Abstract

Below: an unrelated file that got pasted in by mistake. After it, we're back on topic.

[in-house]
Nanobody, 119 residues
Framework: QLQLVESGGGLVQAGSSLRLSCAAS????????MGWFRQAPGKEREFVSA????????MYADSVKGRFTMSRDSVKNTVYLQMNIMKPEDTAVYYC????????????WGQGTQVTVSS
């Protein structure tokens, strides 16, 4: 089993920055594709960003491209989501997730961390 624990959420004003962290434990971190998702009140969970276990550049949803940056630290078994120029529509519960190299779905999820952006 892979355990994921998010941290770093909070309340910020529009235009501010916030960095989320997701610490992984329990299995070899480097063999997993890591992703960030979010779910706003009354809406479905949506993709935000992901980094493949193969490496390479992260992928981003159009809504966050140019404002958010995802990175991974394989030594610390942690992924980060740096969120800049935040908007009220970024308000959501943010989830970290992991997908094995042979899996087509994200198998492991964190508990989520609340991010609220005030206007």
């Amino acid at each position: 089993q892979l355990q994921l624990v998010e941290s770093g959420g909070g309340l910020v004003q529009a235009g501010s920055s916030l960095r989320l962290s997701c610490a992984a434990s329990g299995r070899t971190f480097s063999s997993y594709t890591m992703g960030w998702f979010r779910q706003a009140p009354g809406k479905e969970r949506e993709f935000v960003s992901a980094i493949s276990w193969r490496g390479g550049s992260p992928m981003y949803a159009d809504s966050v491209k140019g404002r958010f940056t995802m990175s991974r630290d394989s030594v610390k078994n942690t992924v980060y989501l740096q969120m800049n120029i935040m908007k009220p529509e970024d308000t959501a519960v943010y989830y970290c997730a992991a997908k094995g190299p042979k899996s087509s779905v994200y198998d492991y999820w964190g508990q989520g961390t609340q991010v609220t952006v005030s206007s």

Multiple sulphur isotope compositions of sedimentary pyrites across the Ediacaran–Cambrian (Ed–C) transition and into the early Cambrian from the Xiaotan section, Yunnan, South China, are presented to explore the evolution of the sulphur cycle. The values of δ34Spy range from 13.5 ‰ to 35.8 ‰, and the values of Δ33Spy range from −0.044 ‰ to 0.063 ‰. The first-order observation of highly positive δ34Spy is consistent with sulphur isotope records from other sedimentary successions (with various degrees of enrichment in 34S), reflecting a common feature in cycling of sulphur among ocean basins. The positive values suggest that pyrite was formed in a depositional setting with limiting availability of sulphate that suppressed the expression of microbial fractionations. The first-order observation of a 10-million-year period of negative Δ33Spy beginning around the Ed–C boundary likely reflects changes in isotopic compositions of sulphur influx to the oceans. Such changes are suggested to be linked to a pulse of preferred weathering of sulphides (with negative Δ33S) relative to sulphate, which may reflect enhanced exposure of pyrites in continental margins due to reorganization of continents at this time. Both δ34Spy and Δ33Spy data imply low seawater sulphate levels, and possibly heterogeneity in sulphate concentrations in the world’s coastal oceans. The predictions about sulphur isotope signatures of evolved seawater (with highly positive δ34S and negative Δ33S) at the Xiaotan section are testable with future measurements of carbonate-associated sulphate (CAS), a proxy of ancient oceanic sulphate that carries information about the operation of sulphur cycling on a global scale.

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